How can an individual earn a higher salary? I’ll dispense with the usual bromides on how one can increase salary through additional training and certifications, how to ask the boss for a raise, or looking for increases in benefits when additional money for wages isn’t available. That has been written be a variety of people and is available in hundreds of magazine articles and adds for technical training schools. This is more of an analytical look into what determines salary, or more accurately, what determines maximum salary levels. What determines how much an employer is able to pay?
Labor unions have tried to raise wages for workers and have had some success, although in later years many of the workers represented by those unions have lost their jobs as the companies have moved manufacturing overseas or gone out of business. There are also calls in cities like San Francisco for “living wages.” The idea is that employers should simply pay their employees more because the employees need at least that amount to pay for necessities. A simplistic look at the factors that determine wage would have shown the reasons why it is not possible to raise wages through pressure or dictate.
Imagine that you are a small business owner – in fact you are a one woman shop. As long as you do not have more business than you can do, you would not hire any workers. Hiring workers means dealing with other people, worrying about complying with regulations and filing paperwork, and having to cede control over a part of your business – your blood, sweat, and tears – to another individual who probably doesn’t have the same passion. Eventually though there will be more business than you will be able to do on your own. At that point it will be necessary to hire someone.
Now, lets say you are selling widgets at $50 each and it costs $30 per widget in materials. You also have fixed costs (for rent, lights, debt, etc…). If an employee can make 2 widgets per hour, you obviously could not pay that employee more than 2 x $50/widget – 2 X $30/widget = $40 per hour. Also, since you only hired an employee to allow you to make more money than you could do by yourself, you would want to make a profit. There are also those fixed costs of which I spoke. This means that you might pay $20 per hour.
Notice that it does not matter what the employee thinks he should be paid, or what a local worker’s advocacy group thinks that employee should be paid, or what a union representing that employee thinks he should be paid. If you do not make more money due to that employees production than you are paying him in salary and benefits, why would you keep him around?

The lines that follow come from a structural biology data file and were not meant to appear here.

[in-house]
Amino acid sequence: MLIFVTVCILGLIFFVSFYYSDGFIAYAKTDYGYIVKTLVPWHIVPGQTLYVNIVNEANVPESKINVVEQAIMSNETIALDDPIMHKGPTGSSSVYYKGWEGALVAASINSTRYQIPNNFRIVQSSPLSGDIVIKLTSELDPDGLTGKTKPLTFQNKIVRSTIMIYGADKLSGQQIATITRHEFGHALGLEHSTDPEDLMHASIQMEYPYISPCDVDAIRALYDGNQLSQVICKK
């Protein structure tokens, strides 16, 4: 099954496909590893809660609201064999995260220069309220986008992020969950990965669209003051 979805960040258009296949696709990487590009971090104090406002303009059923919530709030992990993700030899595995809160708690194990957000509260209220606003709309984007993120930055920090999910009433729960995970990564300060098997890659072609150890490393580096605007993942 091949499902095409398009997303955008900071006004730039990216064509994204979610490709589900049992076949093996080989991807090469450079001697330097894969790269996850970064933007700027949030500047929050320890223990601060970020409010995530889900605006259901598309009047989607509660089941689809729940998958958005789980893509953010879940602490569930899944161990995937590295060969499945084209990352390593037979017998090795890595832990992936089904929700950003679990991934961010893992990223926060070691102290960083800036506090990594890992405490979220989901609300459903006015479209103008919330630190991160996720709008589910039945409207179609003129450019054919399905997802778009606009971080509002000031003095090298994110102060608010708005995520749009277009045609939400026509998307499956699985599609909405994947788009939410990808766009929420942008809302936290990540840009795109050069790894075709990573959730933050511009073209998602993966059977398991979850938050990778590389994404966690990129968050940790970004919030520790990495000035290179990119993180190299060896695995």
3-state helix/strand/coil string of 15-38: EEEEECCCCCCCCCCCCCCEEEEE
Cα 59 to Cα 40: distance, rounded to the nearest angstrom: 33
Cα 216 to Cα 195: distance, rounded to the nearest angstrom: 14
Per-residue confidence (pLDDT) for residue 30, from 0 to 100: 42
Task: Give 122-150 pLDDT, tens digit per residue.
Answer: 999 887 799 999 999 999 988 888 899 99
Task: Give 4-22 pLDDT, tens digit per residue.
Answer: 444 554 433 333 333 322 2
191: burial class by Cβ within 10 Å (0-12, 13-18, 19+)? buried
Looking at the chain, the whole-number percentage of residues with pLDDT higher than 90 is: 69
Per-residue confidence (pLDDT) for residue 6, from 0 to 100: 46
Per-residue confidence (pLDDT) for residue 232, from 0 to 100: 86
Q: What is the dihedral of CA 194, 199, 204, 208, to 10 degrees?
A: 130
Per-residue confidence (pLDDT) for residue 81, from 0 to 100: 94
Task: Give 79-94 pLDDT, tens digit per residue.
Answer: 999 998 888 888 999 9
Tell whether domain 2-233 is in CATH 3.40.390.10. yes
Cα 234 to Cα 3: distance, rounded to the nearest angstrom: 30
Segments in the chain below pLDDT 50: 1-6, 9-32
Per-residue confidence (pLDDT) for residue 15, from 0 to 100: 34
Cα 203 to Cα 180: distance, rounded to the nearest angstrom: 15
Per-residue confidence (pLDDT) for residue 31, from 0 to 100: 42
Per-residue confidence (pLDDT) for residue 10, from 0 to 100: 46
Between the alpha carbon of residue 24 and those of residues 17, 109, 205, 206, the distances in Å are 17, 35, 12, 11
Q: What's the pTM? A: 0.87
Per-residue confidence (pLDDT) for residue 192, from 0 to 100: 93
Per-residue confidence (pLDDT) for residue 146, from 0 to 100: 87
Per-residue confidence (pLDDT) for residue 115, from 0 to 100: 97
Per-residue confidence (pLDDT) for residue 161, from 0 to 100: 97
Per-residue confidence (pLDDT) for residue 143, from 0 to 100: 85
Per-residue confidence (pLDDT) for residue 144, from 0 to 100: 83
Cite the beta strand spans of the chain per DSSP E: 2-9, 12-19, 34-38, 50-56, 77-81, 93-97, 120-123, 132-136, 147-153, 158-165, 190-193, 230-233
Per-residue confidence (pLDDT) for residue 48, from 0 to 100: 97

So how can you make a higher salary? Well, lets say there are two employees, one who makes 3 widgets per hour and one who makes 2 widgets per hour. Obviously you could afford to pay the employee who makes more widgets more since the amount you make from him is more. If you needed to lay people off, the employee who only made 2 widgets per hour would also be the likely choice. Therefore, your production will be a factor in determining your salary.
Lets now say that one of the employees created widgets of higher quality for which customers were willing to pay more, or that customers prefered over a competitor’s widgets. That employee would also be able to command a higher salary because she is allowing more products to be sold and/or more to be charged per product. Note that since today many jobs are in service where the product to a large extent is the customer experience, employees who are able to please the customer will be more valuable. Going the extra mile and simply being pleasant can go a long ways towards raising your salary.
So what if you are very productive and have produced a lot of customers for the company but you still feel you are not paid what you are worth? Part of the beauty of the free market is that if you truly are making more money for your employer than your peers, you should be able to find a different company who will pay you more. If you constantly complain about your salary or workplace and are still working there two years later, quit complaining.
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Disclaimer: This blog is not meant to give financial planning advice, it gives information on a specific investment strategy and picking stocks. It is not a solicitation to buy or sell stocks or any security. Financial planning advice should be sought from a certified financial planner, which the author is not. All investments involve risk and the reader as urged to consider risks carefully and seek the advice of experts if needed before investing.